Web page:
Was the debate about ”Finlandization” blocked in January 1993 and why did the media keep silent about Kalevi Sorsa’s KGB background?
Former Swedish diplomat and expert of international law, Bo Theutenberg reveals that Kalevi Sorsa’s working group of the Socialist International on disarmament was ruled by the Soviet Communist Party in order to create splits Nato and the Western countries, as Dr. Alpo Rusi writes in Iltalehti (29.10.2018). The conclusion is based on Theutenberg’s book about his Diaries (UD Dagbok, vol 4) covering the years 1981-85 when serving the Swedish Foreign Ministry over twenty years as a leading advisor on issues of international law.
Theutenberg is critical of both countries’ social democrats for their disarmament policies in the 1980's for following the orders of Moscow. He has made very fruitful researches about the activities of the KGB and Stasi Espionage in Sweden to strengthen his arguments. There was a Stasi spy in the governing council of SIPRI
Theutenberg has produced altogether 4 volumes, 3000 pages about his diaries added with relevant documents and material about the newspapers. It has been said in Sweden that no serious research about her foreign and security policy can be made about the 1970's and 1980's without these volumes.
Both Finland and Sweden were targeted by the Soviet union during the early 1980's as a result of the new crisis of the Cold War. A Soviet submarine sailed to the rocks in the archipelago close to Karlskorna on October 28, 1981 which caused a political conflict between Sweden and the Soviet union. Theutenberg is reviewing the incident, and letting the Finns be informed about it in Helsinki in January 1982. In his view the incident was connected to the role of Nato in the Baltic sea region. A warning, perhaps, that Sweden should avoid approaching Nato.
In June 1982, also the Finns were warned when a submarine was detected in the archipelago of the Aland islands thus disregarding the international treaty about neutrality and demilitarisation of the islands. Theutenberg describes the conflict between the foreign minister of Finland Pär Stenbäck and his own ministry concerning the openness of the incident. Stenbäck was ready to reveal the truth, that the submarine was a Soviet by origin, but the FM preferred not to say anything for sure.
In Sweden, Olof Palme of Social democrats returned to power on October 22, 1982 replacing a non-socialist government by Torbjörn Fälldin. Same day a new submarine incident took place but Palme who was a chairman of Palme commission on disarmament and security did not want to continue Fälldin’s openly critical Soviet policy. Theutenberg disagrees.
Theutenberg’s book is interesting to the Finnish readers for it discusses the Finnish-Swedish cooperation and relationship. A number of Finnish diplomats and politicians are dealt with in the book. Most of them get neutral or positive marks. There is one exception in the rule, former Prime Minister Kalevi Sorsa, who is under careful scrutiny of his role in the Socialist International. Among the Swedish diplomats, Theutenberg is very critical are state secretary Pierre Schori and Sven Hirdman for their uncritically pro-Soviet attitudes.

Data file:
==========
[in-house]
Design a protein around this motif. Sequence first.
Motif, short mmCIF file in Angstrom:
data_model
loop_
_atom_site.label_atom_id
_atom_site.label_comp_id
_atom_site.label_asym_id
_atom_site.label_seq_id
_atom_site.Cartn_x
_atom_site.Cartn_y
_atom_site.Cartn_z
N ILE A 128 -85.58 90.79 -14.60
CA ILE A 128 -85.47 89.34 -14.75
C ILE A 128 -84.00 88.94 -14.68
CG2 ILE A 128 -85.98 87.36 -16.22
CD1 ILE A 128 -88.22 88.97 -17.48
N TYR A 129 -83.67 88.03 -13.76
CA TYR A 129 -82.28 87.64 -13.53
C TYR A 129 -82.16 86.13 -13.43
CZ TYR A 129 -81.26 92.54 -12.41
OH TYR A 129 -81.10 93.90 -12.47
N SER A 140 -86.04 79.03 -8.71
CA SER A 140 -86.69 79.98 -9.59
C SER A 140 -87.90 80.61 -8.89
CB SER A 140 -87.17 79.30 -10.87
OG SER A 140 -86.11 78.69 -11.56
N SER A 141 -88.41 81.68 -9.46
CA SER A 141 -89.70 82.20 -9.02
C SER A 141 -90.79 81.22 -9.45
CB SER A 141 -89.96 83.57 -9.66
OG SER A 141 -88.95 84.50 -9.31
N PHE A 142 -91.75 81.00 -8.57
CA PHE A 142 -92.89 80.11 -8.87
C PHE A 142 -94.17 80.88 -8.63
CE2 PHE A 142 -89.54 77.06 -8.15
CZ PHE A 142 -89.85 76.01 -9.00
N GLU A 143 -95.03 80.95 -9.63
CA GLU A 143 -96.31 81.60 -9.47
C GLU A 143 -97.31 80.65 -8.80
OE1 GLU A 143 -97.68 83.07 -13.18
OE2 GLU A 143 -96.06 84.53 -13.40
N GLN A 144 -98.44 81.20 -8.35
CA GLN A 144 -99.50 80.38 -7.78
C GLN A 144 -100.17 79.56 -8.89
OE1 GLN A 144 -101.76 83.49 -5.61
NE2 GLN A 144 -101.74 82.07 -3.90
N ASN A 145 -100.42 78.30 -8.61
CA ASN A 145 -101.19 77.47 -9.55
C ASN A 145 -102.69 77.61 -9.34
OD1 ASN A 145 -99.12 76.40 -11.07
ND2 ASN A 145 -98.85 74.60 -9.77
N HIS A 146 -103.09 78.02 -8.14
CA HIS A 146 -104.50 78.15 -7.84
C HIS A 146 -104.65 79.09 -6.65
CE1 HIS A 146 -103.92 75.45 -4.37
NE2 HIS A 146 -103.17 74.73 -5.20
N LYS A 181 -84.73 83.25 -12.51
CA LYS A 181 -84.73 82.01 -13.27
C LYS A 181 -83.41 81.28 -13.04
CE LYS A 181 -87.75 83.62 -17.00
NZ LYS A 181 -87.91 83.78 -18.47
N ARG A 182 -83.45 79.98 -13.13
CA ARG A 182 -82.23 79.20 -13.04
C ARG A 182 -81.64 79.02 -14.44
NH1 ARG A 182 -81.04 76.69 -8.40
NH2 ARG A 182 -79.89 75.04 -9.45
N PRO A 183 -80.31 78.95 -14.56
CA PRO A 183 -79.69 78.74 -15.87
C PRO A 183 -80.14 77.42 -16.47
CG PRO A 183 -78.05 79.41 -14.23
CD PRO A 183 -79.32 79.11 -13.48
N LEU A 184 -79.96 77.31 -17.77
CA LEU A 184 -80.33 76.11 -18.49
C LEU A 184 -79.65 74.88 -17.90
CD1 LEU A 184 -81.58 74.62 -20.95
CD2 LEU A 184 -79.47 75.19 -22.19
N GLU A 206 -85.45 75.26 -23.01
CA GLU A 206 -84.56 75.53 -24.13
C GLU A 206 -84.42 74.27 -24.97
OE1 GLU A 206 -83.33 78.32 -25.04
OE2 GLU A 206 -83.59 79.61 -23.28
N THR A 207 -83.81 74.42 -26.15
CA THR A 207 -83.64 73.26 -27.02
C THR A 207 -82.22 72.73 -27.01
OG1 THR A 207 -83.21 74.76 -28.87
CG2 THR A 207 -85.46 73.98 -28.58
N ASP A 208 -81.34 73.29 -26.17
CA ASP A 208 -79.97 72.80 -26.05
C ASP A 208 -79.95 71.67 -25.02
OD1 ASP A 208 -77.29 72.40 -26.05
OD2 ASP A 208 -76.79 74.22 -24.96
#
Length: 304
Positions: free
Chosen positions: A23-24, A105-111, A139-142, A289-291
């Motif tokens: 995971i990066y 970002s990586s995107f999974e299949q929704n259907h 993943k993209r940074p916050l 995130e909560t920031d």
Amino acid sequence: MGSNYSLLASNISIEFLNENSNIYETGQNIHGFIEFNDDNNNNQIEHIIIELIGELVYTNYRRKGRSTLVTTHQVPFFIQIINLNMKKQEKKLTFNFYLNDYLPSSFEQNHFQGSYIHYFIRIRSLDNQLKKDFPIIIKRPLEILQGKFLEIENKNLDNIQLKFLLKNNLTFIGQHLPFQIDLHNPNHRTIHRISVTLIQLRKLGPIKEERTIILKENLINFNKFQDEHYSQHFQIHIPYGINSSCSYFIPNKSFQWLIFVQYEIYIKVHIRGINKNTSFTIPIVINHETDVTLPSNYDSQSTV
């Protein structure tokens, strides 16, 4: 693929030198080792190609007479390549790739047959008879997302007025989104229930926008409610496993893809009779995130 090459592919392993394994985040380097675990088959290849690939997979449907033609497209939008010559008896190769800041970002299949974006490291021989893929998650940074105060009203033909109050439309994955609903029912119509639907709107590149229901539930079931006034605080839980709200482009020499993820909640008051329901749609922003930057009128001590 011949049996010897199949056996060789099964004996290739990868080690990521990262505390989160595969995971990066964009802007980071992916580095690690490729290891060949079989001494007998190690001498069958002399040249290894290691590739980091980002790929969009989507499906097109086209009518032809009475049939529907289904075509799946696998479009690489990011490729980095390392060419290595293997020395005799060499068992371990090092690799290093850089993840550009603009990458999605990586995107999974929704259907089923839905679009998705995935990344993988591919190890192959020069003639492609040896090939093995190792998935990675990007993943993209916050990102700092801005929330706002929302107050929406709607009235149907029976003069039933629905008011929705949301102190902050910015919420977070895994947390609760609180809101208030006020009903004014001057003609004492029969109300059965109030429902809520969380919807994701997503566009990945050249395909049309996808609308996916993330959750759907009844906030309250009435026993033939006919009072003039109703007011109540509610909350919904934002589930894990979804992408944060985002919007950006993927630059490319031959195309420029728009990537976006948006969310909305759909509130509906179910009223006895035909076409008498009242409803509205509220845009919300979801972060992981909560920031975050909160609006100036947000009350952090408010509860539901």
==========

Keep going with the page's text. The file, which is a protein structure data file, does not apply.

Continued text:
Theutenberg describes Sorsa as a man of Moscow based on Sovet archives and statements of KGB defectors. In January 1980 the head of the international department of the CPSU Boris Ponomarev urges the East German communist party SED to influence Sorsa to launch a campaign in the West to split Nato on the double decision on SS-20 middle-range missiles of the Soviet union. A Member of the SED politburo Herman Axen met in Helsinki in February Prime Minister Mauno Koivisto and Sorsa. Both parties agreed a communique that condemned the double decision of Nato and expressed their support to the peace initiatives of the Soviet union.
Theutenberg has used former Soviet dissident Vladimir Bukowsky’s findings in the archives of the Soviet Communist Party in 1992 containing documents about Sorsa who is described a ”confidential contact” of the KGB (or CPSU) and who is supported by the KGB residentura in Helsinki in a special order in August 1982. Theutenberg has also studied Sorsa’s rise to the SPD’s party secretary in 1969 by using both CIA as well as other secret reports.
Bukowsky had handed his findings about Sorsa to the leading media houses in Helsinki in January 1993 but not one of them published anything but Ilta-Sanomat in July 1993 a minor story that did not cause any national debate. Sorsa had lost presidential pre-elections of his party in May 1993. One can ask whether the media houses contacted by Bukovski were unwilling to cast a shadow over the presidential candidate Sorsa who himself had been preparing for that job already since 1970's? Finland lost a major opportunity to discuss Finlandization early 1990s. No doubt this has been difficult until today. It has been said that one can not take the reports of former KGB or Stasi agents seriously. Better not to lose time with any debate related to Finlandization. Today as a hybrid warfare is a fact of life this argument sounds strange if not careless.
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Valtiotieteen tohtori, suurlähettiläs, tasavallan presidentin entinen neuvonantaja, professori ja kirjailija.
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